How To Track A Snow Storm

Buller Village Cam
Buller Village Cam

So you’ve been watching the forecasts, and a front is on it’s way. You’re read here what a waste of time long range forecasts are, but you’ve identified a weather window thanks to some medium/short range forecasts. It’s now D-Day and you want to track what’s going on up in the hills so you can plan an assault on the mountain (or stay away if blue skies are your thing).

Tracking a storm’s arrival and progress can be a good fun way to use up the nervous energy in anticipation of a trip up to the slopes, more so when it’s a big one.

In my opinion the two most fundamental aspects that will denote snowfall are temperature and precipitation. You need a favourable combination of both for snowfalls to happen.

First let’s look at Temperature. Fortunately throughout Australia the BOM has a series of reliable and accurate AWS stations, with one stationed at each major ski area.

They can be found here:
In addition to these, weather stations further West can give a good indication of an approaching front, as weather systems typically arrive from West to East.
Mt William in the Grampians is one such AWS. If you see a sudden drop in temperature then a cold front is on its way.

Note that all these sites will load happily on a smartphone as they are text based with minimal imagery. I can’t speak for Android but I look regularly on my iPhone.

Weather Radar shows precipitation heading to the mountains. Again the BOM has a great network of radar sites, but I tend to prefer other companies interpretation of the BOM data as they tend to aggregate multiple sites and give a composite view.

My favourite Radars can be found here: Weather Radar (courtesy of Weatherzone)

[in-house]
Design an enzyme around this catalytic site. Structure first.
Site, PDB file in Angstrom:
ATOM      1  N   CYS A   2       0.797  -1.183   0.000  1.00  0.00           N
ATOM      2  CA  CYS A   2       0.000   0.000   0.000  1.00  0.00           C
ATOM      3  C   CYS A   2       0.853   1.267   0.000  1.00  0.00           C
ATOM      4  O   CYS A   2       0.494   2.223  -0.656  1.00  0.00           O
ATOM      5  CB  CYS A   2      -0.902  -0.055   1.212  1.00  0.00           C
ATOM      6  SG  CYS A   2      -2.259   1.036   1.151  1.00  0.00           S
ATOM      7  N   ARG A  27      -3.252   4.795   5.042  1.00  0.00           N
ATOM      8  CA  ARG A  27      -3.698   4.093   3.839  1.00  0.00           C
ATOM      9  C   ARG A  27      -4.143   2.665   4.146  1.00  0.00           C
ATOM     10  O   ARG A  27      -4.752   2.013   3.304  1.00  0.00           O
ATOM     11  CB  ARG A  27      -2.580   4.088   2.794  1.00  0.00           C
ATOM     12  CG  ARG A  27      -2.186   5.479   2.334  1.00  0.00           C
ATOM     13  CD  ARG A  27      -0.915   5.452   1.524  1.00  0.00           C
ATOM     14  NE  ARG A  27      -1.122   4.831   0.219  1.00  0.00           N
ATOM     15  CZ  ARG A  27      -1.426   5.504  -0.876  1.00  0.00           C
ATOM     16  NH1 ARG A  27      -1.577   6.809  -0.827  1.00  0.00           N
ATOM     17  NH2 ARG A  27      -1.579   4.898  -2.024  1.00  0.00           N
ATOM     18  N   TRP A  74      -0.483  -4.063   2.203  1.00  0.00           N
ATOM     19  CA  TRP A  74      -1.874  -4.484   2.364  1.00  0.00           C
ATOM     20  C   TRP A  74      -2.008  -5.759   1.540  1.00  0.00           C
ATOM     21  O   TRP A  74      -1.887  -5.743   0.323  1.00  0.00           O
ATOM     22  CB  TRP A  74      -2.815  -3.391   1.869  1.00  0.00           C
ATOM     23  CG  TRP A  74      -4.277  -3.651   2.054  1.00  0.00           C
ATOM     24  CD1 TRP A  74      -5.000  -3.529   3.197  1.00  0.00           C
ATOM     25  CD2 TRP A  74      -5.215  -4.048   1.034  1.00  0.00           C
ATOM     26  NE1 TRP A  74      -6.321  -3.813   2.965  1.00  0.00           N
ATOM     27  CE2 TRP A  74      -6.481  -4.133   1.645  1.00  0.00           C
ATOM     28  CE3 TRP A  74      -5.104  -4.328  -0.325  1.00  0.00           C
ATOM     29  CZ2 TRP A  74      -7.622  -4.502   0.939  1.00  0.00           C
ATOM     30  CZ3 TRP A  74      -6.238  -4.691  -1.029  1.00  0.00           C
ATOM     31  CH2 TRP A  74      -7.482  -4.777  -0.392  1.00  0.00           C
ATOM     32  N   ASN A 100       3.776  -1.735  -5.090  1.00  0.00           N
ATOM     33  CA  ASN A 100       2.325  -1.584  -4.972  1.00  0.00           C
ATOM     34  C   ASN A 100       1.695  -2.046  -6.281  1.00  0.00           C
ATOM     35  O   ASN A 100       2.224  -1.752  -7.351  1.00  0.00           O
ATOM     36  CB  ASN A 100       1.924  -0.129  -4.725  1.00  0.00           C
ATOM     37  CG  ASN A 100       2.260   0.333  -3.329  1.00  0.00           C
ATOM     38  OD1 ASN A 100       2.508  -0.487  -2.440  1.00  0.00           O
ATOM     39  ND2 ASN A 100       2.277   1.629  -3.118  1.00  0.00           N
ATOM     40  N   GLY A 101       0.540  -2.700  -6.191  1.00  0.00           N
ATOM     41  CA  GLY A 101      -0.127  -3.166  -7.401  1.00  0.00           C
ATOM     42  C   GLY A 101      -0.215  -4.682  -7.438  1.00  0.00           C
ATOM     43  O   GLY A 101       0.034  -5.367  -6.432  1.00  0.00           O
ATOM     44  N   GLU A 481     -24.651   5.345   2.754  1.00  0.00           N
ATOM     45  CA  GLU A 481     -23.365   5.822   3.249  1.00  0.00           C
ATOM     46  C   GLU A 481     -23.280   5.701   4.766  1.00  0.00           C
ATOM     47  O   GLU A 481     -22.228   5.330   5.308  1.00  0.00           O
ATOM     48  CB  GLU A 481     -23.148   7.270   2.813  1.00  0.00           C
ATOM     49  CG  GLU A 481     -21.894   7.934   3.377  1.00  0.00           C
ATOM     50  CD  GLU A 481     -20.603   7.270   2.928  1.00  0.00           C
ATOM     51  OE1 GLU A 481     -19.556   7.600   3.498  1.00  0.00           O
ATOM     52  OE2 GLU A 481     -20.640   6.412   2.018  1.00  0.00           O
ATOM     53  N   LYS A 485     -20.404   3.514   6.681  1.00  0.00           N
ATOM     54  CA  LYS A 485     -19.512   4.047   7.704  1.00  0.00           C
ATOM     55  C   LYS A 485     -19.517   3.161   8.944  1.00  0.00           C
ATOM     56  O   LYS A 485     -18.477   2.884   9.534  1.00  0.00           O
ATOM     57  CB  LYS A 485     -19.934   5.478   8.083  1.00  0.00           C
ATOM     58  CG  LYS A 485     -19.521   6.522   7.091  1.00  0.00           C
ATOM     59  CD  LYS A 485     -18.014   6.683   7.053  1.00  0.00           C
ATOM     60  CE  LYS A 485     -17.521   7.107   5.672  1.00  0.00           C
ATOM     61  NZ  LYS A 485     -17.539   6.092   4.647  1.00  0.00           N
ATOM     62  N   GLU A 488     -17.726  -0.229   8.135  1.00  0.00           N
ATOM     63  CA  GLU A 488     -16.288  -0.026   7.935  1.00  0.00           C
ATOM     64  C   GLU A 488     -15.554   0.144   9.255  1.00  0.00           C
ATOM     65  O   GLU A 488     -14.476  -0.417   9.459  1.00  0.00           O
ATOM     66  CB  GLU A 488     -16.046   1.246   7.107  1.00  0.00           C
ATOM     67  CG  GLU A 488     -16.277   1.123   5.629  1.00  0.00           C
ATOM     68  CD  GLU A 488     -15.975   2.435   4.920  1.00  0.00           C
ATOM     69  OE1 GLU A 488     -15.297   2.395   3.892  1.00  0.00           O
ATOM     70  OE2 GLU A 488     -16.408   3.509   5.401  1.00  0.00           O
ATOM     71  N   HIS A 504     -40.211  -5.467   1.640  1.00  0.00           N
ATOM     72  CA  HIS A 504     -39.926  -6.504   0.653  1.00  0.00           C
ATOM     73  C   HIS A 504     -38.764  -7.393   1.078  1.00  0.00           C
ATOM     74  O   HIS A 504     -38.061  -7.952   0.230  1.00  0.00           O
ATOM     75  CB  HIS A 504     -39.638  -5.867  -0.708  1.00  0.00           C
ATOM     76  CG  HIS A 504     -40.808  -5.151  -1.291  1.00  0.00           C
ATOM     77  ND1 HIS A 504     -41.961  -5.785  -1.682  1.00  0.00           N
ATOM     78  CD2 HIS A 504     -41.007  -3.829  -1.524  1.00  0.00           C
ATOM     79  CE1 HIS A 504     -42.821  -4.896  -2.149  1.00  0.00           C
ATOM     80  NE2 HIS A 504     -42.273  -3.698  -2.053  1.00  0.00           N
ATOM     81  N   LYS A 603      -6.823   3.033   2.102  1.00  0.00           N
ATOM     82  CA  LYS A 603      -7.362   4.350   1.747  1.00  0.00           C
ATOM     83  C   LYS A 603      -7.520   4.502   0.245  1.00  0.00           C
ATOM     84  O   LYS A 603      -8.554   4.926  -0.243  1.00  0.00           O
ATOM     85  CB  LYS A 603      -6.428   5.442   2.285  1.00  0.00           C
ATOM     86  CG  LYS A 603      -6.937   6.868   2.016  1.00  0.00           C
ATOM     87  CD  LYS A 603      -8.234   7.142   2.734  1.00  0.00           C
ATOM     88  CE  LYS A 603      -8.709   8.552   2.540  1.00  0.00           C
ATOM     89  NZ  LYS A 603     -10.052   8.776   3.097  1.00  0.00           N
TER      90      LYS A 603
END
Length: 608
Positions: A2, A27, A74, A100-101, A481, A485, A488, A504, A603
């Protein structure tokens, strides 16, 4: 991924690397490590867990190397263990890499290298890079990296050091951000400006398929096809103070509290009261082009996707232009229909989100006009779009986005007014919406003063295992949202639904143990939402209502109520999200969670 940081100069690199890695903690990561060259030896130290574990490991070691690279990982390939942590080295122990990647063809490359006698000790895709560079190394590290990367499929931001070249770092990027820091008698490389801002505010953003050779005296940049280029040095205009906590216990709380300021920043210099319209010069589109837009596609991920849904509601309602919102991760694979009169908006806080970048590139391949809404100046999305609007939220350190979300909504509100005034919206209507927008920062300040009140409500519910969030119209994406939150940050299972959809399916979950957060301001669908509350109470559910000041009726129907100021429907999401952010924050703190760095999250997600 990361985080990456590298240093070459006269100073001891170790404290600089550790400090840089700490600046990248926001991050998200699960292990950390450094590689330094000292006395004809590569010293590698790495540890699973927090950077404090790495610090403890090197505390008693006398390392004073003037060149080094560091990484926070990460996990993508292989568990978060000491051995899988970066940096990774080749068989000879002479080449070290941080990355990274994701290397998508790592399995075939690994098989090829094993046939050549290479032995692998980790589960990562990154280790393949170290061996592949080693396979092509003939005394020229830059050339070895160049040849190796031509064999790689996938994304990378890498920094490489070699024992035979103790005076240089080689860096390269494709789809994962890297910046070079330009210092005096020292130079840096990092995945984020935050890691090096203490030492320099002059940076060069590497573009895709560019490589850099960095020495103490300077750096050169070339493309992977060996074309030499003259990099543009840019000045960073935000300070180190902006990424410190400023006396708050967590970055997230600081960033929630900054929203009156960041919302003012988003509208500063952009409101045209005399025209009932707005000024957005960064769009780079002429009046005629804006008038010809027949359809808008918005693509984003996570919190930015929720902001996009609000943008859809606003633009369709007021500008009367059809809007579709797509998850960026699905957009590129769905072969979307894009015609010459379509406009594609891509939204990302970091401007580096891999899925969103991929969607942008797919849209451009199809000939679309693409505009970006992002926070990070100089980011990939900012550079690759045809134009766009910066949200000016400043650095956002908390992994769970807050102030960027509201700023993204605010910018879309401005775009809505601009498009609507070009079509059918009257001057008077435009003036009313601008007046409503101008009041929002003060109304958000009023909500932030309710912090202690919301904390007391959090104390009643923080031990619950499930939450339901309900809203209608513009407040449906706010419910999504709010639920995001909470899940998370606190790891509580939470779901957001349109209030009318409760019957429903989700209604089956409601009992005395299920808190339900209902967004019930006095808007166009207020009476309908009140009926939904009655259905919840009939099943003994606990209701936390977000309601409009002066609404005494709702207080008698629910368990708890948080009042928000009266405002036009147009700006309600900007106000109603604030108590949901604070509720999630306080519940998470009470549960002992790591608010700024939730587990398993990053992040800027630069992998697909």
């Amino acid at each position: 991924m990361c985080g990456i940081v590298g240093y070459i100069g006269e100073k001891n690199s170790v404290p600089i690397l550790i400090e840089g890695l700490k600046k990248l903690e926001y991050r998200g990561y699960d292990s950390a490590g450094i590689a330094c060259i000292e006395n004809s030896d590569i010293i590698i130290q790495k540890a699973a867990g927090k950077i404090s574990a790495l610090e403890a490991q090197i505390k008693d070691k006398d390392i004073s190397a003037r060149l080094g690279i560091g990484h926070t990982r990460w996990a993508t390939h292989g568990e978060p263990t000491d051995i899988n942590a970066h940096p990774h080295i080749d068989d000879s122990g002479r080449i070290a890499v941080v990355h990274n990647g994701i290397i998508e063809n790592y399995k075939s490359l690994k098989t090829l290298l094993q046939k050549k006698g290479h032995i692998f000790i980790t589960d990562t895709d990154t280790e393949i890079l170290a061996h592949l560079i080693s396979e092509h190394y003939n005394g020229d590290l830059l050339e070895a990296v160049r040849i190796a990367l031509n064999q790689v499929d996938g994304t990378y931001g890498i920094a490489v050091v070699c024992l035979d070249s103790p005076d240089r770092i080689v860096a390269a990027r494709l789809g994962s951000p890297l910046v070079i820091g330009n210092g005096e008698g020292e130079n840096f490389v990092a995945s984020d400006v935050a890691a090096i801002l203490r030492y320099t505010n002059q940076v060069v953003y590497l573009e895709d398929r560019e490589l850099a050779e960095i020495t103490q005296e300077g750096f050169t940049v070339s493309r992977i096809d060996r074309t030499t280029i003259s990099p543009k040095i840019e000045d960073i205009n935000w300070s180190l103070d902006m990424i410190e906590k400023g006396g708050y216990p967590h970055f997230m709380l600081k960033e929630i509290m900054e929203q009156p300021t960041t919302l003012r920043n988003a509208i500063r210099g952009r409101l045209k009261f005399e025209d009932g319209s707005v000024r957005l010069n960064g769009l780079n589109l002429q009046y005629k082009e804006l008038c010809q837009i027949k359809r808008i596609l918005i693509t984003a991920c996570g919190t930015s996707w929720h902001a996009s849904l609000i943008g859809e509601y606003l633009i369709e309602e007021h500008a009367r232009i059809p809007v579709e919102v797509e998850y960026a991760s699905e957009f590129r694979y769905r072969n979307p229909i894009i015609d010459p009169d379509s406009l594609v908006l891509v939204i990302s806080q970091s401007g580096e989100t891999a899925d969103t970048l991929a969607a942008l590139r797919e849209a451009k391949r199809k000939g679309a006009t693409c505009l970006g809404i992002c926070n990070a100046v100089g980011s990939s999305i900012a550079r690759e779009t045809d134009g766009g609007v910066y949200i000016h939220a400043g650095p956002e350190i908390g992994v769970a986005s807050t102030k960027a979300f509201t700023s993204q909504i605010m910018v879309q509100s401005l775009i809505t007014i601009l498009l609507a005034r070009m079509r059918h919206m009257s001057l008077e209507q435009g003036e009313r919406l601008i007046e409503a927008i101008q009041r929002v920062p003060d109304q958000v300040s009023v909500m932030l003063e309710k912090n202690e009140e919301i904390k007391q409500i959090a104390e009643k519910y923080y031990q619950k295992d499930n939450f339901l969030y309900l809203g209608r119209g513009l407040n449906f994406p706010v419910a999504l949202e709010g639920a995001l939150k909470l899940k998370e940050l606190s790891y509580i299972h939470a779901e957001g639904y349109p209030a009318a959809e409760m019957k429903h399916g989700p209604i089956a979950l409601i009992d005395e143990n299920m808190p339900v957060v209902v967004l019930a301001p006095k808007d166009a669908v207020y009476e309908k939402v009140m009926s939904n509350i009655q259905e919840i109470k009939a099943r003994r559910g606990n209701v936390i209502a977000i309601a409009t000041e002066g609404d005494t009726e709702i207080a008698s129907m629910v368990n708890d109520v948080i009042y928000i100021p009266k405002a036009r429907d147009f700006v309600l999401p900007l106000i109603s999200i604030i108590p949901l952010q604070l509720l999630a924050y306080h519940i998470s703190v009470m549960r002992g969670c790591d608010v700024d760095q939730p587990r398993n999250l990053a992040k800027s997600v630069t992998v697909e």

BOM Composite Satellite / Radar can be quite mesmerising when the Alps are getting smashed.

Note that Radar images are obscured by the mountains, so are only useful for tracking precipitation heading for the mountains – you will often see the precipitation appear as if it is disappearing when it hits the mountains, but rest assured it isn’t – in most cases orographic lift will actually increase precipitation when it reaches the higher elevations.

Snow Cams – So once we’ve determined that it’s cold enough, and that there is precipitation on the way, there’s nothing like visual proof. That’s where snowcams came in. The advent of the snow cam in the mid-late 90’s was a game changer for skiers. No longer shrouded by the half truths and marketing spin of Snow Reports in years gone by, we suddenly had our window to our favourite slopes updated at 10 minute intervals. were among the pioneers of snowcams in Australia having installed and maintained most of the cameras we enjoyed. These are now generally managed by the resorts but a few individuals still maintain their own cams. More modern streaming cams like Mountainwatch are useful as well as you can actually see the snow as it is falling.

Here are the cams I find most useful: Snow Cams – the original and still the best.
Buller Village Square Cam – the Buller Village Square Cam is a community effort and is operated by a couple of members of the forum. It is a particularly useful cam as it operates 24/7, over an illuminated area so you can track the progress of the front during the night. Use the slider function under the cam and you can see the snow depth increase thanks to the time lapse function.
Mountainwatch’s Little Buller Spur Live Streaming Cam is useful for watching during the day, as its low altitude means it is often under the fog – vital given the poor visibility that often accompanies a storm.
‘Fletchcam’ is another independently operated webcam situated at Hotham Central. Again it’s open for business 24/7 so makes for useful evening viewing.

On the ground reporting is the final piece of the puzzle. Many people in the alps, whether residents or on holiday will use various forms of Internet communication to broadcast the state of conditions online. The 2 most useful resources I find are Twitter and the forums. Weather Forum – With each approaching storm an ‘Observations Thread’ will be started with a range of dates during which the weather is expected. People will post observations, and it is tightly moderated so a good place to get up to date information without wading through rubbish. Twitter Pie is another great resource. Naturally you can follow whoever you please on Twitter, but the Twitter Pie aggregates a number of snow loving tweeters into a single feed, which is usually bustling when the flakes are flying.

Please use the comments below to let me know any resources you may happen to use when the snow is imminent, and if you found this article useful please share it with your friends using the buttons below.

Naturally you can follow aussieskier on Twitter as well for the latest snow information.